On 17 March 2020, I went to the clinic to be tested, because I had a light cough. My wife’s exceptional leadership really caught my eye, and I felt extremely proud of her. I wished that I could photograph or document what is happening there, because the efforts of the medical crew are truly praiseworthy.

Since she is unable to take our calls during the day, I usually send her WhatsApp messages, expressing our pride in and love for her. She says they make her very happy, and that she goes back to read them whenever she has time, because they lift her spirits and help with weariness she feels. 

Following the suspension of schools and universities, schools started implementing virtual classes, despite varying capacities and readiness. Our children, Yusuf and Moayed, start their day by logging onto their school’s electronic learning portal, and working on their homework and assignments. The process is not without flaws, especially with their tendency to slack and play, using their mother’s absence, as children do.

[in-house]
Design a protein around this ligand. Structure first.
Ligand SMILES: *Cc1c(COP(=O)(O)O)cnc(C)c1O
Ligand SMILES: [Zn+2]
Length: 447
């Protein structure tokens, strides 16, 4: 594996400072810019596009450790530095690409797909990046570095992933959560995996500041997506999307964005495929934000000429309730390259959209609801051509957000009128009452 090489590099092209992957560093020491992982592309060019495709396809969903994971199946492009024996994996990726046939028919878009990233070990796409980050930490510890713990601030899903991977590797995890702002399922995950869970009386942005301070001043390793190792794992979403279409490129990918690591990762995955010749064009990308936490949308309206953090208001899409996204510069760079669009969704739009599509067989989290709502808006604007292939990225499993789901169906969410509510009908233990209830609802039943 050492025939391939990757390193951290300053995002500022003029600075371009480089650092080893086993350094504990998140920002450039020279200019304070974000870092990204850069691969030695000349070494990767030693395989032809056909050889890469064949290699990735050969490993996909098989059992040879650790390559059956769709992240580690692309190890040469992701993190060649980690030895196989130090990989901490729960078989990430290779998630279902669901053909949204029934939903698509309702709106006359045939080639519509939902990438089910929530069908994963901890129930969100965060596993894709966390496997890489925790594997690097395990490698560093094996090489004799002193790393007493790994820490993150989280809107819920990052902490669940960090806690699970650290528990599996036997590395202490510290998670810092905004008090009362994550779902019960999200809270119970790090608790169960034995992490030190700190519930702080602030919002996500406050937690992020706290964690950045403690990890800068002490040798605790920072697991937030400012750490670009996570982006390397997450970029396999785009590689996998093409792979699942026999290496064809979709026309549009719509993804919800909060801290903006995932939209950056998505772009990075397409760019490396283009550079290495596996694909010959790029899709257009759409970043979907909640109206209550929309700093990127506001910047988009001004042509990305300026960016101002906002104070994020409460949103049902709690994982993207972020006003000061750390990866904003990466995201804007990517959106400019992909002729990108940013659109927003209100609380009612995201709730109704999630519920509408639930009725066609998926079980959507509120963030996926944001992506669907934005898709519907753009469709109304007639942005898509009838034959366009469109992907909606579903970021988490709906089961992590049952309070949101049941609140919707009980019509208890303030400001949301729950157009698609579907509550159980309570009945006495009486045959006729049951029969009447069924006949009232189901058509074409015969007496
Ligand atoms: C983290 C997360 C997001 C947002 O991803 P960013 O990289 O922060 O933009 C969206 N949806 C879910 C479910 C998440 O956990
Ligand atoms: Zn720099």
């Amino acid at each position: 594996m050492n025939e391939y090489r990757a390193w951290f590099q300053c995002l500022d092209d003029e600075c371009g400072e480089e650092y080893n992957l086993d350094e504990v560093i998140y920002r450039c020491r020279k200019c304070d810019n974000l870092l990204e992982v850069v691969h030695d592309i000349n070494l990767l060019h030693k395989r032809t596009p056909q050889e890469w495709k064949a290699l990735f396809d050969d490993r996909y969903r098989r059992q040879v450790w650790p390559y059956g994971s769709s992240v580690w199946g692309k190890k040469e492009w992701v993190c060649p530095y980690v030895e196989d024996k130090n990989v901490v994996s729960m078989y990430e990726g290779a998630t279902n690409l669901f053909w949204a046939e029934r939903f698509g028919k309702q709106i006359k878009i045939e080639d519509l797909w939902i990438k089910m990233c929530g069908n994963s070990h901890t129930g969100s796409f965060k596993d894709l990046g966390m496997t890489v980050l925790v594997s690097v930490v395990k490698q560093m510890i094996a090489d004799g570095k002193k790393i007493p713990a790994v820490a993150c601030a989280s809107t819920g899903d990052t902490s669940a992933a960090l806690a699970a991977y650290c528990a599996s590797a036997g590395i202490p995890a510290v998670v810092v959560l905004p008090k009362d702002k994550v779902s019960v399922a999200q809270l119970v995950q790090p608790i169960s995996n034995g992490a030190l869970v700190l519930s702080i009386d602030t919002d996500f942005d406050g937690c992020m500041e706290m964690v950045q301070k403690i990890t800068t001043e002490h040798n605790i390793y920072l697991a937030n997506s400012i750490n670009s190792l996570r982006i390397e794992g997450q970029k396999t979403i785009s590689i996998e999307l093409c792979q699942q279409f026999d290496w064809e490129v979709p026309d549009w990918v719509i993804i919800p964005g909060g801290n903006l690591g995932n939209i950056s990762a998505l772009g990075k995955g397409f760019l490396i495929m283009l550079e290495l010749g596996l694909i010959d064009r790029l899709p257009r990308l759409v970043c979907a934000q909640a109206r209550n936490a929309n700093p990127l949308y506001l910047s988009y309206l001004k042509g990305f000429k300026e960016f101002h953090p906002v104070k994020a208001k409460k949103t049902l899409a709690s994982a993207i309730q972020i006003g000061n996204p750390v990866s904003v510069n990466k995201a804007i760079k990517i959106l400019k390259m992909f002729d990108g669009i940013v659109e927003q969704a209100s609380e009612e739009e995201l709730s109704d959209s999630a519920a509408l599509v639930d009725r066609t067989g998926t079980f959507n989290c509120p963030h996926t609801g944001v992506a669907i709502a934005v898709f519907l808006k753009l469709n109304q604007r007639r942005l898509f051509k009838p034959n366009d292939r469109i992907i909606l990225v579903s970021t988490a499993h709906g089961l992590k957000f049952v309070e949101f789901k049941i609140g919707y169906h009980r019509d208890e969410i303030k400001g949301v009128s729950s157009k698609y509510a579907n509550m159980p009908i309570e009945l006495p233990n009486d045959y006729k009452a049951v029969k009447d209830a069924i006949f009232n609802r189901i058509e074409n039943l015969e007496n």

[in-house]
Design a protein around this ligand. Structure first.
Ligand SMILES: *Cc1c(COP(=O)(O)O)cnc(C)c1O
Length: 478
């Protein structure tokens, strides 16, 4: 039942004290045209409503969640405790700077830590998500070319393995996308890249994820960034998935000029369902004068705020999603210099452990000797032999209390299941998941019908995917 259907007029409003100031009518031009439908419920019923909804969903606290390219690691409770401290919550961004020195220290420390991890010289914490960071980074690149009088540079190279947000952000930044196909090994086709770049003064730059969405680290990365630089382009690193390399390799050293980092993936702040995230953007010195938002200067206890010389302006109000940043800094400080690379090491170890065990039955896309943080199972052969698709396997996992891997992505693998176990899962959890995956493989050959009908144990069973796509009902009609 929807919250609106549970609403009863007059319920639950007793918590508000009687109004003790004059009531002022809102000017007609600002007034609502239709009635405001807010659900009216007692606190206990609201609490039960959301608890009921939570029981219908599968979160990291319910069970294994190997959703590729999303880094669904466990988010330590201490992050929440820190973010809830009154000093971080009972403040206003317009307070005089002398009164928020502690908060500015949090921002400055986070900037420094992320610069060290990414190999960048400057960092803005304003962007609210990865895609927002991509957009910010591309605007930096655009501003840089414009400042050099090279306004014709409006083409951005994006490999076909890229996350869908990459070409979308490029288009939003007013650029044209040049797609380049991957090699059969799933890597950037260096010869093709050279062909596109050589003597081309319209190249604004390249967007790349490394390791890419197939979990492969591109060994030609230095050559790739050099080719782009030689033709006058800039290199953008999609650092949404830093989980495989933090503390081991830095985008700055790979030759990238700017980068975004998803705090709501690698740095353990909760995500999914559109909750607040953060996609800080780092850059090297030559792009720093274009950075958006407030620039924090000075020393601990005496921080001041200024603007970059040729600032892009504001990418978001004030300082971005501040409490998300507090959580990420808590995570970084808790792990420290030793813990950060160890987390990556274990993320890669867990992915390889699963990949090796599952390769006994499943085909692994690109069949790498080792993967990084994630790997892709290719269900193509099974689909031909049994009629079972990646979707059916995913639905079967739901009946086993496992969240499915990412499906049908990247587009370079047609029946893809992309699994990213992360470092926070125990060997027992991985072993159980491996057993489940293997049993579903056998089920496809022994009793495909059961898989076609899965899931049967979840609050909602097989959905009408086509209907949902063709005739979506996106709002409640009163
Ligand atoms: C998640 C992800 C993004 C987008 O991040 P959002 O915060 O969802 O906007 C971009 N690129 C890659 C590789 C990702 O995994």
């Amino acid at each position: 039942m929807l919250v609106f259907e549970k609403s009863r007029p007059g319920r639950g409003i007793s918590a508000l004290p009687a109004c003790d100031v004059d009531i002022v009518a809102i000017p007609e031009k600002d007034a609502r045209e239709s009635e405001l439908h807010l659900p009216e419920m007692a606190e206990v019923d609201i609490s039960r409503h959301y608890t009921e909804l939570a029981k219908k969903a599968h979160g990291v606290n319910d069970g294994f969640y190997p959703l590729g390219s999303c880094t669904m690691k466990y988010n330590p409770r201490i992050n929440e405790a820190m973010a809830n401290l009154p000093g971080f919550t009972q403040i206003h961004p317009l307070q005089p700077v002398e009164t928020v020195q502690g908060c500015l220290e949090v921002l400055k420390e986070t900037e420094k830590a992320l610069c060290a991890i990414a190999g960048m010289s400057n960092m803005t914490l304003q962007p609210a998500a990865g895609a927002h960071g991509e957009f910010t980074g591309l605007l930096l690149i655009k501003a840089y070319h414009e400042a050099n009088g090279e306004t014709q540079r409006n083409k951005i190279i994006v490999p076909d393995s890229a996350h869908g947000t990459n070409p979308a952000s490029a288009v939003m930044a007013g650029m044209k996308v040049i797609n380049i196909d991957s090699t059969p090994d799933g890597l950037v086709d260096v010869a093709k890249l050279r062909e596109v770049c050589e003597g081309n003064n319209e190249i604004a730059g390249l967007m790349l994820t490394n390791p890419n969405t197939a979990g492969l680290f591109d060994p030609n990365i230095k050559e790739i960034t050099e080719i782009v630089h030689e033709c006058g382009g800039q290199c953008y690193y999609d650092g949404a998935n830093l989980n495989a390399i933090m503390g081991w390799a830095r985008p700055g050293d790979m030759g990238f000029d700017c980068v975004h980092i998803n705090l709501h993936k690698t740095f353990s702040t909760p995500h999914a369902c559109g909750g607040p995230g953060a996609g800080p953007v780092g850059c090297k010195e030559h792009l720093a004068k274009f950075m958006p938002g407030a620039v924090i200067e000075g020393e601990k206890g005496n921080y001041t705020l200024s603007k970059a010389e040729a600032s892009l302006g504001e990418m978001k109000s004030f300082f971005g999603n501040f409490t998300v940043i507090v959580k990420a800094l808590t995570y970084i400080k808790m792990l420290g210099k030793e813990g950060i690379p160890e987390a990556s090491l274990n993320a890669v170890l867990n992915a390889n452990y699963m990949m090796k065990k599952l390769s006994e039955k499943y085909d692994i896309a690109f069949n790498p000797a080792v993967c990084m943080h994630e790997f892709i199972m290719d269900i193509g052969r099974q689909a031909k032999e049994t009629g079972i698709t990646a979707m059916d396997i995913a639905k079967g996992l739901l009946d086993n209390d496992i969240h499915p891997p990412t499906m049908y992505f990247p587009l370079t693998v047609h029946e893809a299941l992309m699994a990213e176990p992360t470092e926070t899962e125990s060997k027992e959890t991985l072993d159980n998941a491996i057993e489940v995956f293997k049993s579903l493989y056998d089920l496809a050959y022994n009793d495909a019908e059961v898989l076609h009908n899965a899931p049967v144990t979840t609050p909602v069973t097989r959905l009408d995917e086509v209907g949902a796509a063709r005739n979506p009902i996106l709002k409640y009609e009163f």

© Mohamed Dhaif
Yusuf (ninth grade) takes the matter more seriously than Moayed (third grade), as the latter tends to enjoy other distractions and also has a more rebellious personality, which I find hard to control. © Mohamed Dhaif
This year, were unable to celebrate Mothers’ Day together, as my wife spent most of her time at the Coronavirus Testing Clinic. However, she did receive gifts from her team at work and from the family when she came home. © Mohamed Dhaif

Zainab Al Zain

Karzakkan, Bahrain. 17 March 2020 – 8:00 pm.

Despite the many official warnings against gatherings, to prevent the spread of Coronavirus, the gathering around our house formed rapidly, like a rebellion of passion. 
My father informed us that we received a call regarding the release of my brother, following the Royal Pardon, and in less than 10 minutes, people have gathered around the house to welcome my brother, who has been in prison for 3 years. This pardon coincided with the outbreak of Coronavirus in Bahrain, and over the past three days, up to 900 prisoners have been released.